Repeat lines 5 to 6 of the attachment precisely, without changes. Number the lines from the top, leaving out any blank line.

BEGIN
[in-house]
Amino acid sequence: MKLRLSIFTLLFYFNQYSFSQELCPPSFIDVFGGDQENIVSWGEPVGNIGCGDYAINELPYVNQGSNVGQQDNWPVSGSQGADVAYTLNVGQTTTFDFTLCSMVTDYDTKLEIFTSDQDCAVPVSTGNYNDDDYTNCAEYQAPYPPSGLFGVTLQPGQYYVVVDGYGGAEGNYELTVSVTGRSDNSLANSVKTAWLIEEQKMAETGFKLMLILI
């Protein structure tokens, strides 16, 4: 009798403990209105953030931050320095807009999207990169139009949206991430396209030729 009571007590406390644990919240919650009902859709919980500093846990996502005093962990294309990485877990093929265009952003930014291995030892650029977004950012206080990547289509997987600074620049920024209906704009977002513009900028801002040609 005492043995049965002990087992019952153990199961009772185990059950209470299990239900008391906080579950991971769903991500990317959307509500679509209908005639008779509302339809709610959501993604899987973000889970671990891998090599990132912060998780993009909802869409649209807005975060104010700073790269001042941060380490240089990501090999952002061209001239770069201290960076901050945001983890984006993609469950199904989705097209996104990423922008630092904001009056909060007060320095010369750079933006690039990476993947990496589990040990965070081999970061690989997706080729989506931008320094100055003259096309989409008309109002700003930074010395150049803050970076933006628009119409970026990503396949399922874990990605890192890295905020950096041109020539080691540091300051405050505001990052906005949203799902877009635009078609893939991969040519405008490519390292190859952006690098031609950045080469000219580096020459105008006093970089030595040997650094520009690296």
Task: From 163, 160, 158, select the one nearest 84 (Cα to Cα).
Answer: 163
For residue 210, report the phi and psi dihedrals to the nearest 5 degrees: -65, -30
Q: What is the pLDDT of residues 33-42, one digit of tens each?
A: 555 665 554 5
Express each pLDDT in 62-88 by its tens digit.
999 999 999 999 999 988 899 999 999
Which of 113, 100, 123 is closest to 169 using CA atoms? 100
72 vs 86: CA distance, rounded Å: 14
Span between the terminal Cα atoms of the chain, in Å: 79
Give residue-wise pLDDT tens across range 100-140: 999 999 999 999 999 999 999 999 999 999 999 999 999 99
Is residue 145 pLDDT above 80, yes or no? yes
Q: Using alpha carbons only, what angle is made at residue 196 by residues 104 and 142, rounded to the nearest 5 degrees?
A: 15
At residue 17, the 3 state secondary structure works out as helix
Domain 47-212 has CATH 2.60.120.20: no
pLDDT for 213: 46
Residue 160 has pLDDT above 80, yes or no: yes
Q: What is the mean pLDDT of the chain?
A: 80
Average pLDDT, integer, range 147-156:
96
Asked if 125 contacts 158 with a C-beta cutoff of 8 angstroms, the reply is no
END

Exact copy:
Answer: 163
For residue 210, report the phi and psi dihedrals to the nearest 5 degrees: -65, -30